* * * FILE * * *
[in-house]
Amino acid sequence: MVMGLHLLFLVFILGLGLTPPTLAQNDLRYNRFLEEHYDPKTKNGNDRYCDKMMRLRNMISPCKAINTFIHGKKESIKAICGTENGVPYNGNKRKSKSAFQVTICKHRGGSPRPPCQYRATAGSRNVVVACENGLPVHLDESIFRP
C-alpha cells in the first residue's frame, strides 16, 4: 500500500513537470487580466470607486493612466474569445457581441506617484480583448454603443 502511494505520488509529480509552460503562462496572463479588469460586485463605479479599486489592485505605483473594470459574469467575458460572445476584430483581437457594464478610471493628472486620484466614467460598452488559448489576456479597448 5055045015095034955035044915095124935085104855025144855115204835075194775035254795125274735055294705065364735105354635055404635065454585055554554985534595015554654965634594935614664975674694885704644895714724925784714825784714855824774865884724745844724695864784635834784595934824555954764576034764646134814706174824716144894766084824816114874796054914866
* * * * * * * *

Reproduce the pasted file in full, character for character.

[in-house]
Amino acid sequence: MVMGLHLLFLVFILGLGLTPPTLAQNDLRYNRFLEEHYDPKTKNGNDRYCDKMMRLRNMISPCKAINTFIHGKKESIKAICGTENGVPYNGNKRKSKSAFQVTICKHRGGSPRPPCQYRATAGSRNVVVACENGLPVHLDESIFRP
C-alpha cells in the first residue's frame, strides 16, 4: 500500500513537470487580466470607486493612466474569445457581441506617484480583448454603443 502511494505520488509529480509552460503562462496572463479588469460586485463605479479599486489592485505605483473594470459574469467575458460572445476584430483581437457594464478610471493628472486620484466614467460598452488559448489576456479597448 5055045015095034955035044915095124935085104855025144855115204835075194775035254795125274735055294705065364735105354635055404635065454585055554554985534595015554654965634594935614664975674694885704644895714724925784714825784714855824774865884724745844724695864784635834784595934824555954764576034764646134814706174824716144894766084824816114874796054914866